Image: promotional material for BBC’s Dynasties – John Brown followed a troop of chimpanzees for two years.
Just let that sink in for a moment.
I’d never heard of filmmaking superpowers before, but I think John Brown might be the Superman of cinematography.
One of the BBC’s top natural history cinematographers, Brown has synaesthesia, a neurological condition that blends certain senses or cognitive pathways together. For some, numbers may look like colours; for others, colours may have a smell. For John, sight and sound are linked, which, in his line of work, means that when he looks through his viewfinder to compose an image, he hears it rather than sees the frame.
‘Each frame, each composition, has a specific type of harmony associated with it,’ Brown said in a mind-blowing session at the recent AIDC called ‘Masters: Cinematography with John Brown’.
‘For most of my childhood, I just assumed this is just how everyone does it,’ he said. ‘It wasn’t until I heard a documentary on the radio in my mid-teens that I found out about synaesthesia. There are a lot of very well-known artists and musicians who have this type of synaesthesia, and this documentary was about these people. And I thought, “Wow, this makes sense. Now I understand.”’
For a long time, Brown didn’t like to talk about his synaesthesia because ‘it sounds a bit weird’, but now it informs everything he does, in one way or another.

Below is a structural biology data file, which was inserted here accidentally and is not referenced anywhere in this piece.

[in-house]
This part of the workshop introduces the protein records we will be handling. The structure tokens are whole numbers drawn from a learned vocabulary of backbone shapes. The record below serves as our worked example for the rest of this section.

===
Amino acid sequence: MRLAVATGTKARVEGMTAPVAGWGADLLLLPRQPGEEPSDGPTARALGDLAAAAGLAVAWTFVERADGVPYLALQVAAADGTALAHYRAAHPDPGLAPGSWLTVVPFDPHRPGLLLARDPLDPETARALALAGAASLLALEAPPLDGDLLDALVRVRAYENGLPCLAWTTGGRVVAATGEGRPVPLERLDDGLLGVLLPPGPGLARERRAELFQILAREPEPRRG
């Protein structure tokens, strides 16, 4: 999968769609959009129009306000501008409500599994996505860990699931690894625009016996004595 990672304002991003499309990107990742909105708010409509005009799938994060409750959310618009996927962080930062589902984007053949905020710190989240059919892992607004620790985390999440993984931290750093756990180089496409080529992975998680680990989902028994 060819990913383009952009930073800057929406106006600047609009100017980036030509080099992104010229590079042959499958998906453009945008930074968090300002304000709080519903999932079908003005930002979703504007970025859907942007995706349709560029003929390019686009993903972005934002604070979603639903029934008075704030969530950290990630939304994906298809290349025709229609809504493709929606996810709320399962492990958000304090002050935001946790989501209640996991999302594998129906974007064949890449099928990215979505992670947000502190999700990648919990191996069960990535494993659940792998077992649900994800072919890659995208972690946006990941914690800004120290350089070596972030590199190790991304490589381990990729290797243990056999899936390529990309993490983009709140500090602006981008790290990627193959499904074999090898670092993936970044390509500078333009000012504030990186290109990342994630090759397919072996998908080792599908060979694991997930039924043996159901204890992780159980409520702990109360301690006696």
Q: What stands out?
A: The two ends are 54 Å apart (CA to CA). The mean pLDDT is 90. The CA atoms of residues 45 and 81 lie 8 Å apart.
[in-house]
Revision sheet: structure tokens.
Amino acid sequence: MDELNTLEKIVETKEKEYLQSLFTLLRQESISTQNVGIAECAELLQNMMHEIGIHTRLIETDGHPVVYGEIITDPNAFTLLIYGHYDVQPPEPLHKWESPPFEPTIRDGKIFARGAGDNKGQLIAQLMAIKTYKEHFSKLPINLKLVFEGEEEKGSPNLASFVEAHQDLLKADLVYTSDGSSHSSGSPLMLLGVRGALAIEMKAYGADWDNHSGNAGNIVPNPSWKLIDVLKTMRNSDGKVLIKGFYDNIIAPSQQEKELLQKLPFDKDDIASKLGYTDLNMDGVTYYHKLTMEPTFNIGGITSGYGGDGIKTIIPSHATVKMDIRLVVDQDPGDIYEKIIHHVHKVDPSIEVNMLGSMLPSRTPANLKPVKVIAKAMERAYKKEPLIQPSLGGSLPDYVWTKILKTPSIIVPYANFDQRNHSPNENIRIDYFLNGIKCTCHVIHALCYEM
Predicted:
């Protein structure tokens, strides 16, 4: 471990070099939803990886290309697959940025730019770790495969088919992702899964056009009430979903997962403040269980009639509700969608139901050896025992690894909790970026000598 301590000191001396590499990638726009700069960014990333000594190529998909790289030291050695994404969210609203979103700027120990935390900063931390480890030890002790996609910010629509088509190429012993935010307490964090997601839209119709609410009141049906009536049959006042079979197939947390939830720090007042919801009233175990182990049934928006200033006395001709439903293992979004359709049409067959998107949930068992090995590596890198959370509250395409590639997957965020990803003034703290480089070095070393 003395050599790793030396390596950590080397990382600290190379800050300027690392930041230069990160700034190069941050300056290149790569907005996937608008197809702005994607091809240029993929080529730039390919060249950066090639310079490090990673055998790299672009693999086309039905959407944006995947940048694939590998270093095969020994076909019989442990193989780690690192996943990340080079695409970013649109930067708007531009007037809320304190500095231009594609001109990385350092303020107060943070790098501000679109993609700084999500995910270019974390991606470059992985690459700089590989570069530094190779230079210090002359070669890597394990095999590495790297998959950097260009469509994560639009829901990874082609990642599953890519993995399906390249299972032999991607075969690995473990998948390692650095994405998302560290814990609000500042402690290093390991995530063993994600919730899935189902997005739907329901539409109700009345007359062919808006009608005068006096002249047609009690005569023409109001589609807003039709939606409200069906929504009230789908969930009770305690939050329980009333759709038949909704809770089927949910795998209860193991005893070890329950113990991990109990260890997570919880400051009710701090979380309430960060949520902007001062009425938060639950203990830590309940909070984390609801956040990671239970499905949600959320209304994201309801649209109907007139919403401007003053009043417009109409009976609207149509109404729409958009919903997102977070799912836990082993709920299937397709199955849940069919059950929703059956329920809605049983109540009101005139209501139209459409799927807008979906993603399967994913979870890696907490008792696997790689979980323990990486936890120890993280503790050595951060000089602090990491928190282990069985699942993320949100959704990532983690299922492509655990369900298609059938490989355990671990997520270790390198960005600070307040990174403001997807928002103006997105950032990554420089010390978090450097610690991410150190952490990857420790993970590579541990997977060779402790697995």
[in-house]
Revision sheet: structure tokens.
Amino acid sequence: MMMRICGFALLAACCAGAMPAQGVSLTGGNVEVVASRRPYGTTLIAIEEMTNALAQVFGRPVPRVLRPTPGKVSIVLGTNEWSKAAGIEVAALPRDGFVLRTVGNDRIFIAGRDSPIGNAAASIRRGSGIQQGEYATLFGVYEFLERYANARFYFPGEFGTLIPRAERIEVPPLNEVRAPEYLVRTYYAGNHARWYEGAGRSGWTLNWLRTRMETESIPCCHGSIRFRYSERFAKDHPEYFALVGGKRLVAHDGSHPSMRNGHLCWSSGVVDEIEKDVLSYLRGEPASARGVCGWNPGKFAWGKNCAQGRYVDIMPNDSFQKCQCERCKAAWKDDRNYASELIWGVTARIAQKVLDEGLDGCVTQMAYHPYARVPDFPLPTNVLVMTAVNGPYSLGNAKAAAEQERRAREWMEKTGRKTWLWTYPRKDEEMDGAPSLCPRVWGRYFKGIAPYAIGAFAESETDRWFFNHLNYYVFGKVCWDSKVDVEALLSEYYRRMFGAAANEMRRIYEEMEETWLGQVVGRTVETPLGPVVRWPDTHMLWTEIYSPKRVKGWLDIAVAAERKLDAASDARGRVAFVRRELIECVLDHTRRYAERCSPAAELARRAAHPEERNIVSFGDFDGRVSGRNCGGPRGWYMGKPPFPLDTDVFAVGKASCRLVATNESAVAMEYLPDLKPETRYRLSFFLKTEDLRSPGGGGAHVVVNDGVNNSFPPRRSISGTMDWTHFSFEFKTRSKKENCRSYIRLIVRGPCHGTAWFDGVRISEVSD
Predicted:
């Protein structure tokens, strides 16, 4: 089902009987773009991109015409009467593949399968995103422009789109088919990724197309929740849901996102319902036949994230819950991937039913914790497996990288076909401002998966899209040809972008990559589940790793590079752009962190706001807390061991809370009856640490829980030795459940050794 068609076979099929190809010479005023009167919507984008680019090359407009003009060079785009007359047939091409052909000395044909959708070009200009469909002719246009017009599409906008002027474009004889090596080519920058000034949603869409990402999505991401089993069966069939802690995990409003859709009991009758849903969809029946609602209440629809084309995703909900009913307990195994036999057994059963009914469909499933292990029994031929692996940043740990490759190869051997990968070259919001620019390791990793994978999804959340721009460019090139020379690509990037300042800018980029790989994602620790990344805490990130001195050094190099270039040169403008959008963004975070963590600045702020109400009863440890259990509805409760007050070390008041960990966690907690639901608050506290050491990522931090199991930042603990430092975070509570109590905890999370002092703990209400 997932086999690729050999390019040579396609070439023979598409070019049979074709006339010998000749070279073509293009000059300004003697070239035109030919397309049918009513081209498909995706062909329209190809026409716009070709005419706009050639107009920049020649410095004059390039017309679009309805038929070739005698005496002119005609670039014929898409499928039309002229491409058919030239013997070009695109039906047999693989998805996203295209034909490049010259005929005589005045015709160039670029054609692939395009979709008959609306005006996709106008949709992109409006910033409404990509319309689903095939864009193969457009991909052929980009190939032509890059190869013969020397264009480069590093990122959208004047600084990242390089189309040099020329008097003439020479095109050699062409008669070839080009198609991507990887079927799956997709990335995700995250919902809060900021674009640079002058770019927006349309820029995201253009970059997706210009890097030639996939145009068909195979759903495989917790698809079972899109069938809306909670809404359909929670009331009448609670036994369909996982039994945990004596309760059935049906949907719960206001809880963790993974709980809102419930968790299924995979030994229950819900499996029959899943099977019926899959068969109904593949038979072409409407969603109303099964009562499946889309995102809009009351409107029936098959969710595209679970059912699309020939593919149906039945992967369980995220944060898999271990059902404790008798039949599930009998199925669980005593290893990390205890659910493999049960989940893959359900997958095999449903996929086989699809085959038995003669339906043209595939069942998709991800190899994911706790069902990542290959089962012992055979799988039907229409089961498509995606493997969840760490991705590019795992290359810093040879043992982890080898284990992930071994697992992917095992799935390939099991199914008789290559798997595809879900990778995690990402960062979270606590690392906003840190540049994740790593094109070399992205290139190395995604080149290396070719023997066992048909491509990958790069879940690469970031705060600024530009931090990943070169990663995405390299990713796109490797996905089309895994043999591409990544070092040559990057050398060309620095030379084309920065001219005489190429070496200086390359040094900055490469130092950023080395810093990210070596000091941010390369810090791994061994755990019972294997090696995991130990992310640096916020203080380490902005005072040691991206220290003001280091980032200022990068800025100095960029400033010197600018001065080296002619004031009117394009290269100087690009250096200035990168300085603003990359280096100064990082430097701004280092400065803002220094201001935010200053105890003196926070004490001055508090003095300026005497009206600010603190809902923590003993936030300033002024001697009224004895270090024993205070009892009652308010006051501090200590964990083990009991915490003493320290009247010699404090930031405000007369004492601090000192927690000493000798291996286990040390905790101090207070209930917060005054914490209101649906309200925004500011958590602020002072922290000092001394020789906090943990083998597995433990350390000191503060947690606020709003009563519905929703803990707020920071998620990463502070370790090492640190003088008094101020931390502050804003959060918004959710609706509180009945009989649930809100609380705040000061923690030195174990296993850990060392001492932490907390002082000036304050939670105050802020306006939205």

‘In terms of filming, how I move the camera to frame a particular composition affects the harmony that I hear. So, you can subtly change the framing to introduce a sense of tension, in the same way that you have notes that suggest sadness or happiness, typically major and minor.’ And yes, on the flip side, Brown sees music rather than hears it.
He describes searching for harmony in composition as akin to an orchestra tuning up – all searching for that perfect ‘A’ note. ‘The ideal is that every shot in a sequence is in the same key, or in an appropriate key, musically speaking,’ Brown said. ‘Sometimes I see sequences shot by me or another cinematographer where it’s just not working because things are jumping in and out of key. It makes narrative sense, but it doesn’t make aesthetic sense because the keys are changing.’
So can he ‘hear’ everything he sees in the world, or is it just in the composition of a frame?
‘To some extent I can “hear the room”, if that makes sense, but the experience of synaesthesiais much more relevant to me when I can control the variables. So, when I can choose the focal length, and the depth of field, and frame the world using the viewfinder.’
Does changing the depth of field affect the sounds he hears? ‘Yes, in fact it simplifies the harmony. Imagine if you were playing a chord, and you really wanted to give the major seventh more weight than the other notes. That’s what depth of field allows you to do – to pull out those most relevant bits of the chord.’